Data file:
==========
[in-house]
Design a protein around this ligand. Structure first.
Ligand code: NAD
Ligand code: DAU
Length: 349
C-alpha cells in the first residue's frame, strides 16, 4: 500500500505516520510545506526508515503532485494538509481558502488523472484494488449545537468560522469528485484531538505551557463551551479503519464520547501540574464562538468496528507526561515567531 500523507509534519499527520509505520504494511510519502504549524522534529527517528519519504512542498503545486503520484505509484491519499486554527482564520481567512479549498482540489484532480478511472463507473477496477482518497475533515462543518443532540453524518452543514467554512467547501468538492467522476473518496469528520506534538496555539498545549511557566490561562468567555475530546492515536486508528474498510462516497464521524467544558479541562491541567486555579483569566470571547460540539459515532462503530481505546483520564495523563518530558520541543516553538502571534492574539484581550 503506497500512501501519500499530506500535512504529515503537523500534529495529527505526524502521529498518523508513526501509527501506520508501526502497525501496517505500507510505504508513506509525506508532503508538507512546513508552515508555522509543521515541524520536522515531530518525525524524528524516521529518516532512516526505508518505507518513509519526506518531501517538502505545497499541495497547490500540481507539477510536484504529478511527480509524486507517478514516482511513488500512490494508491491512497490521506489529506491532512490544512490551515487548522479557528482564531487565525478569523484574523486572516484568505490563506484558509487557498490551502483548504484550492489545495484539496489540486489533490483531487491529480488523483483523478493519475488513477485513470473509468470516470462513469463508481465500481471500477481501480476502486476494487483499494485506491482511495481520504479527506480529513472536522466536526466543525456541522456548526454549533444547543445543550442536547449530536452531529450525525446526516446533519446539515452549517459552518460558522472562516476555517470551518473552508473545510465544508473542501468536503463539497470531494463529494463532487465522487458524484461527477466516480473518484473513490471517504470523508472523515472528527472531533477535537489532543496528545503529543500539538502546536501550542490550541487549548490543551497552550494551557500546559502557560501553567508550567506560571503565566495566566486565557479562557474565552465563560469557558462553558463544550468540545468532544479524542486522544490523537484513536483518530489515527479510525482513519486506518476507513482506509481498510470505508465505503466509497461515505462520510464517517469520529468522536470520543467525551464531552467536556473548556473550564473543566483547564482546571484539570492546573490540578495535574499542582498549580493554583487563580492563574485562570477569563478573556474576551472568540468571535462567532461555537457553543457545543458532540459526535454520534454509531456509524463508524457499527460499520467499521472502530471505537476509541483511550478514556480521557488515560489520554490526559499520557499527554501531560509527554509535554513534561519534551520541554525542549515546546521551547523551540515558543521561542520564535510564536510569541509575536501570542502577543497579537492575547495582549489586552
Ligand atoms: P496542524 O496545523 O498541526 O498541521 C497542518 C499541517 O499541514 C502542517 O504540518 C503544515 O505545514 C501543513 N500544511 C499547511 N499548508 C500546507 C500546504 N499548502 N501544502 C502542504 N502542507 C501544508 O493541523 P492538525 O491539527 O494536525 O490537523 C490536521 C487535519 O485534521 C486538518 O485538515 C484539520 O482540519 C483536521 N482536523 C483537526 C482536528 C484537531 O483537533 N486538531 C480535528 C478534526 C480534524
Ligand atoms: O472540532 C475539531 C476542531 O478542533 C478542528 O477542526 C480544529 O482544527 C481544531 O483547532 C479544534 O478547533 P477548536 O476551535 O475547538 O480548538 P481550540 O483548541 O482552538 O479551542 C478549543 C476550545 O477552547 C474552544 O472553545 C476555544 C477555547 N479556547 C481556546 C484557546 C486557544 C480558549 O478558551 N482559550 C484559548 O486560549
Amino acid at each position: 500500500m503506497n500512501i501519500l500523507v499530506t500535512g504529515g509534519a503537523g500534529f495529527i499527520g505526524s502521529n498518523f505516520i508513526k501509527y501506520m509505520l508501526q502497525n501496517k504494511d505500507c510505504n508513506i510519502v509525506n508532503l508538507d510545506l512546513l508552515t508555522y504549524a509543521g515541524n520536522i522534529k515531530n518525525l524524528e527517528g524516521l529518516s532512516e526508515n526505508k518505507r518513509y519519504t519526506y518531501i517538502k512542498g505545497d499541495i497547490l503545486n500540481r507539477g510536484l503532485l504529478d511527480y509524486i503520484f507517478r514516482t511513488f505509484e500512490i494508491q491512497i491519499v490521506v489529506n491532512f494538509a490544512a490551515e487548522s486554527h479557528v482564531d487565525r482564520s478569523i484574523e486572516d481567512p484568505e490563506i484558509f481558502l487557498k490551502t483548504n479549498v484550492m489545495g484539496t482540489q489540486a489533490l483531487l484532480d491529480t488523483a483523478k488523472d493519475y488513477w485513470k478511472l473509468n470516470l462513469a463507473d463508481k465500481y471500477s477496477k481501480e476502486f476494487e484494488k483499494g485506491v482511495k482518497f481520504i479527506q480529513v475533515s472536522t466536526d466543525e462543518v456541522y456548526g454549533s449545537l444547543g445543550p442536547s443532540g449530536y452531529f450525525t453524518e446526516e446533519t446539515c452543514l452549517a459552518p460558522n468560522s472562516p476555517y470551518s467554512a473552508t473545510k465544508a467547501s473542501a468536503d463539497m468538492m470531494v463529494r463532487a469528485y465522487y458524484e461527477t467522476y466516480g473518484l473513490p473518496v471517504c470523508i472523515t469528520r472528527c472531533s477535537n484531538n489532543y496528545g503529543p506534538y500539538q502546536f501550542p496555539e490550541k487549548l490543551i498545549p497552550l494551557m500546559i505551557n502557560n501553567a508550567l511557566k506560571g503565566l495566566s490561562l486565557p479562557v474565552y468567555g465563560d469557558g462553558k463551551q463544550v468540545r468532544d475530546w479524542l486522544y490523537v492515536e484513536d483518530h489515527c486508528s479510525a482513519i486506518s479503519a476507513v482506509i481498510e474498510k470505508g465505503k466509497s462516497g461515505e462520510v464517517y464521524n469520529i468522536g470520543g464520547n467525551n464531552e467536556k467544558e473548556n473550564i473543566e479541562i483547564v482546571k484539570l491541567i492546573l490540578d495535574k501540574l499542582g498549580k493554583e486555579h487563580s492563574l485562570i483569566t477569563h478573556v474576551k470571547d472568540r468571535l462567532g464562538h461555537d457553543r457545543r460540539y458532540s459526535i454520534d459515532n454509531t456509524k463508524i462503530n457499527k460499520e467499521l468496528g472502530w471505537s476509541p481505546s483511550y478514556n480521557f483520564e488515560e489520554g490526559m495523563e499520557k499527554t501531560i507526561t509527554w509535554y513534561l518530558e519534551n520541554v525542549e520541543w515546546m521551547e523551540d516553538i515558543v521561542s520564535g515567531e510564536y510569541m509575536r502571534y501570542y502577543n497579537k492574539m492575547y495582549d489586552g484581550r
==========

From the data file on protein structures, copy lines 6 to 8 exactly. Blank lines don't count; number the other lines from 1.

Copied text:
C-alpha cells in the first residue's frame, strides 16, 4: 500500500505516520510545506526508515503532485494538509481558502488523472484494488449545537468560522469528485484531538505551557463551551479503519464520547501540574464562538468496528507526561515567531 500523507509534519499527520509505520504494511510519502504549524522534529527517528519519504512542498503545486503520484505509484491519499486554527482564520481567512479549498482540489484532480478511472463507473477496477482518497475533515462543518443532540453524518452543514467554512467547501468538492467522476473518496469528520506534538496555539498545549511557566490561562468567555475530546492515536486508528474498510462516497464521524467544558479541562491541567486555579483569566470571547460540539459515532462503530481505546483520564495523563518530558520541543516553538502571534492574539484581550 503506497500512501501519500499530506500535512504529515503537523500534529495529527505526524502521529498518523508513526501509527501506520508501526502497525501496517505500507510505504508513506509525506508532503508538507512546513508552515508555522509543521515541524520536522515531530518525525524524528524516521529518516532512516526505508518505507518513509519526506518531501517538502505545497499541495497547490500540481507539477510536484504529478511527480509524486507517478514516482511513488500512490494508491491512497490521506489529506491532512490544512490551515487548522479557528482564531487565525478569523484574523486572516484568505490563506484558509487557498490551502483548504484550492489545495484539496489540486489533490483531487491529480488523483483523478493519475488513477485513470473509468470516470462513469463508481465500481471500477481501480476502486476494487483499494485506491482511495481520504479527506480529513472536522466536526466543525456541522456548526454549533444547543445543550442536547449530536452531529450525525446526516446533519446539515452549517459552518460558522472562516476555517470551518473552508473545510465544508473542501468536503463539497470531494463529494463532487465522487458524484461527477466516480473518484473513490471517504470523508472523515472528527472531533477535537489532543496528545503529543500539538502546536501550542490550541487549548490543551497552550494551557500546559502557560501553567508550567506560571503565566495566566486565557479562557474565552465563560469557558462553558463544550468540545468532544479524542486522544490523537484513536483518530489515527479510525482513519486506518476507513482506509481498510470505508465505503466509497461515505462520510464517517469520529468522536470520543467525551464531552467536556473548556473550564473543566483547564482546571484539570492546573490540578495535574499542582498549580493554583487563580492563574485562570477569563478573556474576551472568540468571535462567532461555537457553543457545543458532540459526535454520534454509531456509524463508524457499527460499520467499521472502530471505537476509541483511550478514556480521557488515560489520554490526559499520557499527554501531560509527554509535554513534561519534551520541554525542549515546546521551547523551540515558543521561542520564535510564536510569541509575536501570542502577543497579537492575547495582549489586552
Ligand atoms: P496542524 O496545523 O498541526 O498541521 C497542518 C499541517 O499541514 C502542517 O504540518 C503544515 O505545514 C501543513 N500544511 C499547511 N499548508 C500546507 C500546504 N499548502 N501544502 C502542504 N502542507 C501544508 O493541523 P492538525 O491539527 O494536525 O490537523 C490536521 C487535519 O485534521 C486538518 O485538515 C484539520 O482540519 C483536521 N482536523 C483537526 C482536528 C484537531 O483537533 N486538531 C480535528 C478534526 C480534524
Ligand atoms: O472540532 C475539531 C476542531 O478542533 C478542528 O477542526 C480544529 O482544527 C481544531 O483547532 C479544534 O478547533 P477548536 O476551535 O475547538 O480548538 P481550540 O483548541 O482552538 O479551542 C478549543 C476550545 O477552547 C474552544 O472553545 C476555544 C477555547 N479556547 C481556546 C484557546 C486557544 C480558549 O478558551 N482559550 C484559548 O486560549